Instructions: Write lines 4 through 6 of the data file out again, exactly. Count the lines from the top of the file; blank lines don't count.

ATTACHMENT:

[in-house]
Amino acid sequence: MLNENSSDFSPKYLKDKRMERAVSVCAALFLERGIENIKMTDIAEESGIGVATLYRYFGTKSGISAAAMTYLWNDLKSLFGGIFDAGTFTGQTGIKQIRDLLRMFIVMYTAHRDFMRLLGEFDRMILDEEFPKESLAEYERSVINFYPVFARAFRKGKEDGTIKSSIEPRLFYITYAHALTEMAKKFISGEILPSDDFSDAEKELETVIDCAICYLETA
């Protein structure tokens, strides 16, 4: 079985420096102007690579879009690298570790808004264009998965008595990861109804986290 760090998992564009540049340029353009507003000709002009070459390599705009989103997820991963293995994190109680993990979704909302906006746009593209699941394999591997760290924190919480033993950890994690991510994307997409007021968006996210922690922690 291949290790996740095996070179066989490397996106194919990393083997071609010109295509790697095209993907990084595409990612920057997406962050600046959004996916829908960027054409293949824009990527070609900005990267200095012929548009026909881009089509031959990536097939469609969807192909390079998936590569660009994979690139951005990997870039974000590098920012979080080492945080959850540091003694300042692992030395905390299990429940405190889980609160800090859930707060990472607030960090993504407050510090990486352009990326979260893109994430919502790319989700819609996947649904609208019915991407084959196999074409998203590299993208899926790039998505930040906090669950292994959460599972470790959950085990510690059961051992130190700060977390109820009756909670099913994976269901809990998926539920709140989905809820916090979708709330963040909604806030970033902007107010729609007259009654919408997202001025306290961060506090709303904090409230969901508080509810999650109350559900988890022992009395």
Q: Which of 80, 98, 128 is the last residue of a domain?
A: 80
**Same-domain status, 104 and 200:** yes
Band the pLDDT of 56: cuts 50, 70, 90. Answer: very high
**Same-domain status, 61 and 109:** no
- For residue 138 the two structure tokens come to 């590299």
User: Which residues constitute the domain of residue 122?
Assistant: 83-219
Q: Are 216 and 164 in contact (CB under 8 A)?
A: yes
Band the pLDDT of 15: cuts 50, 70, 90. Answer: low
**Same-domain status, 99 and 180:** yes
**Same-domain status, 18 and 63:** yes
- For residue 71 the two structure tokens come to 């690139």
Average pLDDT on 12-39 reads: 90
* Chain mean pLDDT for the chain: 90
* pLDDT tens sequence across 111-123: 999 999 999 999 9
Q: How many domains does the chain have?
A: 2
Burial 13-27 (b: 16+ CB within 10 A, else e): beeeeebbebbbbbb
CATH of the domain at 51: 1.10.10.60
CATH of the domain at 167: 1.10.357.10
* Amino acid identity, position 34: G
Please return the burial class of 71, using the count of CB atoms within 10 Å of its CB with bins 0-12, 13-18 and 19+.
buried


Q: Which of 80, 98, 128 is the last residue of a domain?
A: 80
**Same-domain status, 104 and 200:** yes